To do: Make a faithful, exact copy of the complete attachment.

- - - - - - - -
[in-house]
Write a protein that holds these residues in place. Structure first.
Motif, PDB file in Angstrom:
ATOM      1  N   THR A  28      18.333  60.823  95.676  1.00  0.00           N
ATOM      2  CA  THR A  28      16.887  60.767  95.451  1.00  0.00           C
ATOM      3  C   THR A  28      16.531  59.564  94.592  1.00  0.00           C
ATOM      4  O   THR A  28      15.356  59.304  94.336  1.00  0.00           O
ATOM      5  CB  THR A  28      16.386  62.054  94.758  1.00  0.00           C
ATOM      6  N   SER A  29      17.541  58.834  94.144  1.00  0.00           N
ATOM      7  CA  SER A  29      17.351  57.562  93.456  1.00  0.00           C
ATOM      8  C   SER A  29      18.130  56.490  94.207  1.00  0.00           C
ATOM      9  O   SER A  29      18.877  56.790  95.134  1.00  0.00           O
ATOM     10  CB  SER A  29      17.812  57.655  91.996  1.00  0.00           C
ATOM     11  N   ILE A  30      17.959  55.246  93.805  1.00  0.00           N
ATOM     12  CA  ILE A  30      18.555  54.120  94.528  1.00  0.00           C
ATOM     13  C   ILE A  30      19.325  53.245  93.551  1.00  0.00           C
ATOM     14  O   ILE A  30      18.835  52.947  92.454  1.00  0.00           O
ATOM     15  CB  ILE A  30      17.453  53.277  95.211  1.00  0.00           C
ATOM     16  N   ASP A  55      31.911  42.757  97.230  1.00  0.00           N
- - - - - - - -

[in-house]
Write a protein that holds these residues in place. Structure first.
Motif, PDB file in Angstrom:
ATOM      1  N   THR A  28      18.333  60.823  95.676  1.00  0.00           N
ATOM      2  CA  THR A  28      16.887  60.767  95.451  1.00  0.00           C
ATOM      3  C   THR A  28      16.531  59.564  94.592  1.00  0.00           C
ATOM      4  O   THR A  28      15.356  59.304  94.336  1.00  0.00           O
ATOM      5  CB  THR A  28      16.386  62.054  94.758  1.00  0.00           C
ATOM      6  N   SER A  29      17.541  58.834  94.144  1.00  0.00           N
ATOM      7  CA  SER A  29      17.351  57.562  93.456  1.00  0.00           C
ATOM      8  C   SER A  29      18.130  56.490  94.207  1.00  0.00           C
ATOM      9  O   SER A  29      18.877  56.790  95.134  1.00  0.00           O
ATOM     10  CB  SER A  29      17.812  57.655  91.996  1.00  0.00           C
ATOM     11  N   ILE A  30      17.959  55.246  93.805  1.00  0.00           N
ATOM     12  CA  ILE A  30      18.555  54.120  94.528  1.00  0.00           C
ATOM     13  C   ILE A  30      19.325  53.245  93.551  1.00  0.00           C
ATOM     14  O   ILE A  30      18.835  52.947  92.454  1.00  0.00           O
ATOM     15  CB  ILE A  30      17.453  53.277  95.211  1.00  0.00           C
ATOM     16  N   ASP A  55      31.911  42.757  97.230  1.00  0.00           N